1. ## inverse function?

The function f : [a, infinity) -> R with rule f (x) = 2x^3 − 3x^2 + 6 will have an inverse function provided?

the answer was a >= 1,
but why not also a <= 0?

2. Originally Posted by scorpion007
The function f : [a, infinity) -> R with rule f (x) = 2x^3 − 3x^2 + 6 will have an inverse function provided?

the answer was a >= 1,
but why not also a <= 0?
Hello, scorpion,

as you know a function f has an inverse function if f is monotonously increasing or monotonously decreasing.
So your function has 3 intervalls where f is monotonous:
$(-\infty;0],\ (0;1], (1,+\infty)$

So you are looking for a lower bound of the intervall which contains +infinity.

With your suggestion you would look for the upper bound.

EB

I have to send you this post without checking my text because the preview doesn't work. So watch out: There are possibly some mistakes.

3. ahhh, thank you, i overlooked that fact! i see now

4. Originally Posted by earboth
as you know a function f has an inverse function if f is monotonously increasing or monotonously decreasing.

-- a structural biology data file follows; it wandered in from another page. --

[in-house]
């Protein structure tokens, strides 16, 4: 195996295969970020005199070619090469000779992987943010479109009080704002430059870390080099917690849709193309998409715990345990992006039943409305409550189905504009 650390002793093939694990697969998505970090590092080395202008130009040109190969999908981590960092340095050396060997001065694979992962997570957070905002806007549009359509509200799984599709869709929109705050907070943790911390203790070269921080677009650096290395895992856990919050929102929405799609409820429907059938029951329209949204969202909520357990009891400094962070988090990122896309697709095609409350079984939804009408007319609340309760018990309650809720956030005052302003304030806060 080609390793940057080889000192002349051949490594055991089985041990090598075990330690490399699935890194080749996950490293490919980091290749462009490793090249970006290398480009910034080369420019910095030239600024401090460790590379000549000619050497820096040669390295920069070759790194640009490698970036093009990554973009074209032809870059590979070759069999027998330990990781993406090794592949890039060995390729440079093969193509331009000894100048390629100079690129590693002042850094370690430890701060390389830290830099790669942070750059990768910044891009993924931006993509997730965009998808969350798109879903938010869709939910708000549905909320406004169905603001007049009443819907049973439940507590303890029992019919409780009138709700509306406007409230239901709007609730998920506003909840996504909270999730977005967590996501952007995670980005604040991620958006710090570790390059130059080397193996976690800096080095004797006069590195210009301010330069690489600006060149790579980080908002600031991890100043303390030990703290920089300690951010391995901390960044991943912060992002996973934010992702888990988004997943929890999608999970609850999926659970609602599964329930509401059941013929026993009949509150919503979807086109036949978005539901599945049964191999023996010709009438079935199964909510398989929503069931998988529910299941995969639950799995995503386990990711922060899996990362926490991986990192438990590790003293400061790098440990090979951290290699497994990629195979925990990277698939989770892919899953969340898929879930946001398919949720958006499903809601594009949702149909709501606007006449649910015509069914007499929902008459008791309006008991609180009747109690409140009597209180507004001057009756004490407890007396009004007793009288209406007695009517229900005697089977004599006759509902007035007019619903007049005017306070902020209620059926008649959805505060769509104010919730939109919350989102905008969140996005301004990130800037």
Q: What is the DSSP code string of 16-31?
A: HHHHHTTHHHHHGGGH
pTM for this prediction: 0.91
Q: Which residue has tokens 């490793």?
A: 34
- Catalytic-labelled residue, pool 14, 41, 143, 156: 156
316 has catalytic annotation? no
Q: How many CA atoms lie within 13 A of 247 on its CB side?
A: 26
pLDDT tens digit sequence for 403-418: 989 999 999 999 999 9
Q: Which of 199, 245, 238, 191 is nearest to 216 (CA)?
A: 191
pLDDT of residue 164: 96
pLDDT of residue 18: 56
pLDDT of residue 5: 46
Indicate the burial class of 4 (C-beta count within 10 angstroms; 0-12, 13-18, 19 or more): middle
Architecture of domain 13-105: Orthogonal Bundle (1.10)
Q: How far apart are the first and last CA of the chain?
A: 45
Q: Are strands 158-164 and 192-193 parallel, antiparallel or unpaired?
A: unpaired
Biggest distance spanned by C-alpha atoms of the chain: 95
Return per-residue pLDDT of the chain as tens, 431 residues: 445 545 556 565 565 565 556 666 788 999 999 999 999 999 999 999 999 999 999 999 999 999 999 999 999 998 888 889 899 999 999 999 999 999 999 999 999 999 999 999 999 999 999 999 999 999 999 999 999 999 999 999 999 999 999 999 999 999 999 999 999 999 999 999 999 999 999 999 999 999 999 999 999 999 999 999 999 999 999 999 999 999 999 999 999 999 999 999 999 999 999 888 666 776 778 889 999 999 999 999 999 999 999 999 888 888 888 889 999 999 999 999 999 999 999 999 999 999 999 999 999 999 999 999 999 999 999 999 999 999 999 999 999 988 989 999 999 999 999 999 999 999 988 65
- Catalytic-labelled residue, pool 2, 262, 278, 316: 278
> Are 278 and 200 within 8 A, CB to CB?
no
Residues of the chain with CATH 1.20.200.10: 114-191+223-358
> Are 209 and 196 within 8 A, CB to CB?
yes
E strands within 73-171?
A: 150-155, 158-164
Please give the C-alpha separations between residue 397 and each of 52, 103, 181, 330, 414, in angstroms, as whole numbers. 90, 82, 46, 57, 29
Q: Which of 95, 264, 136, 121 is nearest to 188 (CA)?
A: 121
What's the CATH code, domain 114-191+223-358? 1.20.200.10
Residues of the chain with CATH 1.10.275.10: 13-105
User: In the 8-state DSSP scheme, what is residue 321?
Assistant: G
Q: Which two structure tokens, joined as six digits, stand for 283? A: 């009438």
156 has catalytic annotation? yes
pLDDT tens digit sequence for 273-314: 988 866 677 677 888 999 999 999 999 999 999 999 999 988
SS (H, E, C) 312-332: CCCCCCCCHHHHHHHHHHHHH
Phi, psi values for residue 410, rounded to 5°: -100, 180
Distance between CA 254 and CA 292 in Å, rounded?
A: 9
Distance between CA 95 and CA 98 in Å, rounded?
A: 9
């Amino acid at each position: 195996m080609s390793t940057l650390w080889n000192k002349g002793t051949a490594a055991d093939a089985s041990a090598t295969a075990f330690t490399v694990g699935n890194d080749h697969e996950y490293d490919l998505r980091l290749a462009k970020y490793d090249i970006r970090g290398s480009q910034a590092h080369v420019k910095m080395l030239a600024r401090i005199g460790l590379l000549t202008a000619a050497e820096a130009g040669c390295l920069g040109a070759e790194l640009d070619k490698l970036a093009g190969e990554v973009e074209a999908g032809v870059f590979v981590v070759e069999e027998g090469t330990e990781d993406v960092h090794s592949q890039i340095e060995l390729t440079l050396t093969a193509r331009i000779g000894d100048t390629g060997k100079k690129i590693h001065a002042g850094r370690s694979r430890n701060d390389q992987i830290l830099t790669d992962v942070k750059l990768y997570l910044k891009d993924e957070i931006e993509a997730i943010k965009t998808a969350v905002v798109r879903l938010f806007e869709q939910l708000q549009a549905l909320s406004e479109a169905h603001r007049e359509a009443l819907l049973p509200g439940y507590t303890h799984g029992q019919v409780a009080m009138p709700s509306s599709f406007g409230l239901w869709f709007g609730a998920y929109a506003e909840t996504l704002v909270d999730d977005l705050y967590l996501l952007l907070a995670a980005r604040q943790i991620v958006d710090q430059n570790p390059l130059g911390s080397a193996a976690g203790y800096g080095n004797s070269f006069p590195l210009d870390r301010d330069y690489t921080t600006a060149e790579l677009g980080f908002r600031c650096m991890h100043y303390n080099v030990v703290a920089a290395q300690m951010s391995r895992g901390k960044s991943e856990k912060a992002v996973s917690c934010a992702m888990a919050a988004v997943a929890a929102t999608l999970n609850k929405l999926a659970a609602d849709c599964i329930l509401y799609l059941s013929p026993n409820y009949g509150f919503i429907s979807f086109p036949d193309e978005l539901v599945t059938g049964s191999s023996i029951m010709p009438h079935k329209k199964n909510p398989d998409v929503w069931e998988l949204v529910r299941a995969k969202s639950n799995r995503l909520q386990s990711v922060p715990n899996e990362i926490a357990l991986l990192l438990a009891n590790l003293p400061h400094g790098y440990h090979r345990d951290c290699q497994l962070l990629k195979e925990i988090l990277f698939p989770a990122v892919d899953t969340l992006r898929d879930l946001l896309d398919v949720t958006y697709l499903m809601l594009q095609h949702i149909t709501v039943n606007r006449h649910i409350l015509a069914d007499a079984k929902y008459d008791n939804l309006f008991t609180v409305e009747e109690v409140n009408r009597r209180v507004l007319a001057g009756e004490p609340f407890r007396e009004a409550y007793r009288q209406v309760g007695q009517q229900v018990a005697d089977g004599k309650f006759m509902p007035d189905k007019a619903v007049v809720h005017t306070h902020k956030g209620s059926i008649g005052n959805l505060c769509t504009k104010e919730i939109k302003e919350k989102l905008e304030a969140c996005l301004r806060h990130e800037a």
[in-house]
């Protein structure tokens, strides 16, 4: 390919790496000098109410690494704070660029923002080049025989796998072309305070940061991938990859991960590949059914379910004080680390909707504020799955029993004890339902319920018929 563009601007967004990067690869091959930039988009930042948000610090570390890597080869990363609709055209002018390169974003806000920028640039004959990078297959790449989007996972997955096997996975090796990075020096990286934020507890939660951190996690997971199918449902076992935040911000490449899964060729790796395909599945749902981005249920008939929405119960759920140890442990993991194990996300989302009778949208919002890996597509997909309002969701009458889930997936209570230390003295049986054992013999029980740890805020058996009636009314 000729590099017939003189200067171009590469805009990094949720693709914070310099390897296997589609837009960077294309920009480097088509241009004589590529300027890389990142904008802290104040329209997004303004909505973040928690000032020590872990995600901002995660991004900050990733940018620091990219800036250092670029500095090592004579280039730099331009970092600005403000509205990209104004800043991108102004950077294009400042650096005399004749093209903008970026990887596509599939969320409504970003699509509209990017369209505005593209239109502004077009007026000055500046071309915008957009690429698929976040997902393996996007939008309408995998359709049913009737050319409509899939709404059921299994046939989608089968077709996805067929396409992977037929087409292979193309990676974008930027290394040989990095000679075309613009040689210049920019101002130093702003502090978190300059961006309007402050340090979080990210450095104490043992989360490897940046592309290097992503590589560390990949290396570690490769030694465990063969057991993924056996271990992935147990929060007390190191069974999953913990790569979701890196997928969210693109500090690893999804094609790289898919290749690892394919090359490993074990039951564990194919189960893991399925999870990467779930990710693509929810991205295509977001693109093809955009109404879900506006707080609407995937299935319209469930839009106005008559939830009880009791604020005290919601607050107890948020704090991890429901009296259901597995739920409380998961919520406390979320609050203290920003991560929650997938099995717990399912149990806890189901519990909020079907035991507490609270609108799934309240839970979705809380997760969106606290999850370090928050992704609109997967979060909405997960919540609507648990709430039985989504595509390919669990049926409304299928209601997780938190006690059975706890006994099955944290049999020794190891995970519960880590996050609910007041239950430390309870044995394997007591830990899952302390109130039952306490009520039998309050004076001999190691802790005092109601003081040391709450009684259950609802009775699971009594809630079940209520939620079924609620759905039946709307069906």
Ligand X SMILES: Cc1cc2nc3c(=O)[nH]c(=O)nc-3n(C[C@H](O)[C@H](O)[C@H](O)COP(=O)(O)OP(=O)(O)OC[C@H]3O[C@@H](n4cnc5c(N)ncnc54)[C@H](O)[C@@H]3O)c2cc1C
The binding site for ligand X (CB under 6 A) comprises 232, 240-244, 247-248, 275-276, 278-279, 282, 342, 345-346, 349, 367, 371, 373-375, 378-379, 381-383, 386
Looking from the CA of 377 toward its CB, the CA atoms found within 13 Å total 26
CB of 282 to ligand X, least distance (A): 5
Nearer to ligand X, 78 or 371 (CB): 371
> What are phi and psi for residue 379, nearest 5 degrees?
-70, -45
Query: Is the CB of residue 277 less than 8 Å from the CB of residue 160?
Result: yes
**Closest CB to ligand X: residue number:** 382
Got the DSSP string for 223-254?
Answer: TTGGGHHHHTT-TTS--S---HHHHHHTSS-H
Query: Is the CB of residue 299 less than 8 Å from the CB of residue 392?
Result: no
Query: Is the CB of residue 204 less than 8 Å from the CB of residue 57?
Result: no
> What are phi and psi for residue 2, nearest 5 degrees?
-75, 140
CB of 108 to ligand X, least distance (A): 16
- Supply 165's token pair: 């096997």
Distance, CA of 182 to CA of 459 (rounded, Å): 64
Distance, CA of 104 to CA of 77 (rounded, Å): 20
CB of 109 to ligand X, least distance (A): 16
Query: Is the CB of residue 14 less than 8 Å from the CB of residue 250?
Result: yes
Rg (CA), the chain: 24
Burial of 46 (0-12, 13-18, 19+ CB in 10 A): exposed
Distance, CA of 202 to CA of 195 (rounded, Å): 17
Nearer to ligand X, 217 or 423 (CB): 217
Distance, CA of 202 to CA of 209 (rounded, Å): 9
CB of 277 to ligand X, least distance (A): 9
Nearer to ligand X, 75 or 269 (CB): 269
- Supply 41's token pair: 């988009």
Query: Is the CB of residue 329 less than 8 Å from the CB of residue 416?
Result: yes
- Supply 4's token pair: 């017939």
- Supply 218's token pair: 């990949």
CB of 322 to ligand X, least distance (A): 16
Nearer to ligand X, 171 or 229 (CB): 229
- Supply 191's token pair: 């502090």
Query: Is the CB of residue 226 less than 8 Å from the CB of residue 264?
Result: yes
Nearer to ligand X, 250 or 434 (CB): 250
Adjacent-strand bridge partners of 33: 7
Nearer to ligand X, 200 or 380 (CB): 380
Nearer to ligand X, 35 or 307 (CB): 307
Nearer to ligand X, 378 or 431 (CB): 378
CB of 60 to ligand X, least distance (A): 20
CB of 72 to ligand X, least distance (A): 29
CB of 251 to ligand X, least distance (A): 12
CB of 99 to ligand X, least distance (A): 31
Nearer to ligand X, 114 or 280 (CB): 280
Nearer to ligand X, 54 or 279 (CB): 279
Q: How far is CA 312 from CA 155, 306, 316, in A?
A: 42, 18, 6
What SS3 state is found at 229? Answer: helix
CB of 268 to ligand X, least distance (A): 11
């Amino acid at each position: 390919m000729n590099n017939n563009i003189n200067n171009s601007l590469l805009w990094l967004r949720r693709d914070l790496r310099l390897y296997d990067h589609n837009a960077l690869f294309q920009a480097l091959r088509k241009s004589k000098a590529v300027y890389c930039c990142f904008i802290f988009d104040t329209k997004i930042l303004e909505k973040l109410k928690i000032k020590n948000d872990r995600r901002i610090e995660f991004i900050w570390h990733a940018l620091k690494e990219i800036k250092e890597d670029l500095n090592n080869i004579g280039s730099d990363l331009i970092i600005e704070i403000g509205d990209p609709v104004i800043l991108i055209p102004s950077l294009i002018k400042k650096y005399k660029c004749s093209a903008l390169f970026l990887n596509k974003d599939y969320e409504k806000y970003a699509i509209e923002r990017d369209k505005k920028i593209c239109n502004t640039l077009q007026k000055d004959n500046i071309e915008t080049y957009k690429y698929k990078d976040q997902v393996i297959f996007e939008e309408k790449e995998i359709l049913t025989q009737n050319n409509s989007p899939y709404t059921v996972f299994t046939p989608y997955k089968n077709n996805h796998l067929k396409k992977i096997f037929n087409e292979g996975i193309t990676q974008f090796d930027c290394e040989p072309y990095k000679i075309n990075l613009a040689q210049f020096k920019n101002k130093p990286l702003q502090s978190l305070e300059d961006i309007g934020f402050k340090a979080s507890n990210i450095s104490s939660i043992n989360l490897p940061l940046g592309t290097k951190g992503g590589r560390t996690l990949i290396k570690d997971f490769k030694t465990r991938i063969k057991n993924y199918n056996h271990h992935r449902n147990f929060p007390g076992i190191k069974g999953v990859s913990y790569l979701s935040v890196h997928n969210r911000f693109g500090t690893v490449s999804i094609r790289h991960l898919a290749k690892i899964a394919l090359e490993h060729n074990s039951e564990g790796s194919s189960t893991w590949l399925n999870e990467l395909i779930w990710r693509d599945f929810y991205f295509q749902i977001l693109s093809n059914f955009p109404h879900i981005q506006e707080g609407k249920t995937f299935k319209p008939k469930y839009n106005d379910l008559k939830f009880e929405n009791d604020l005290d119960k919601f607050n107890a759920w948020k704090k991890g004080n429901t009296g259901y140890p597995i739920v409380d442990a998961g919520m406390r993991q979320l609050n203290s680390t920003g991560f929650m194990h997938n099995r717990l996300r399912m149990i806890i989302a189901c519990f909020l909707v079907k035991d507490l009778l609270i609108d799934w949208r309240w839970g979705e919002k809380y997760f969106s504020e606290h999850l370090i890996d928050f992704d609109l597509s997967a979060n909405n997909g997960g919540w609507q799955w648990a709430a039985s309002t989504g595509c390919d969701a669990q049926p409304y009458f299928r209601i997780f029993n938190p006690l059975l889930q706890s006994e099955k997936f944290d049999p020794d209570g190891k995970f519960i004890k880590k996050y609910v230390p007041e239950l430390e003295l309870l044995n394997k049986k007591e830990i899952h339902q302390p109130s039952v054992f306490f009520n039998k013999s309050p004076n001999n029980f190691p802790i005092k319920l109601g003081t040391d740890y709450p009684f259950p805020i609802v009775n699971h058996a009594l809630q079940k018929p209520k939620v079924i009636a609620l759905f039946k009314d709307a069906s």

Earboth, please understand I'm not picking on you, but that sentence just had me rolling on the floor.

Monotonous: (definition) tediously uniform or unvarying.

The word in English you were looking for is "monotonically."

It very much reminds me of a lady at a school I once worked at. She was trying to make a poster thanking everyone who had contributed money to the school's fundraising campaign. She wrote "Thank you for patronizing us."

For those who don't know, there are two definitions for the word "patronize"
1) to act as patron of : provide aid or support for
2) to adopt an air of condescension toward : treat haughtily or coolly

Two VERY different meanings!

-Dan

5. I understand what earboth said, but formally there is no answer to your question!!

A function,
$f:[a,\infty)\to \mathbb{R}$ would have an inverse if and only if $f(x)=2x^3-3x^2+6, x\geq a$ is a bijective map. That means is is a surjective map. But for $a\geq 1$ the map is not sujective. Because if you chose $y=0$ there is no $x\geq 1$ such as, $f(x)=0$. What you should have said is,
$f:[a,\infty)\to [5,\infty)$

6. Originally Posted by earboth
a function f has an inverse function if f is monotonously increasing or monotonously decreasing.
Hello !

I want only to emphasize that this is a sufficient condition, not a necessarily one !
That's plenty of examples...

7. Originally Posted by misto
Hello !

I want only to emphasize that this is a sufficient condition, not a necessarily one !
That's plenty of examples...
Give an example, I do not think I understand what you are saying.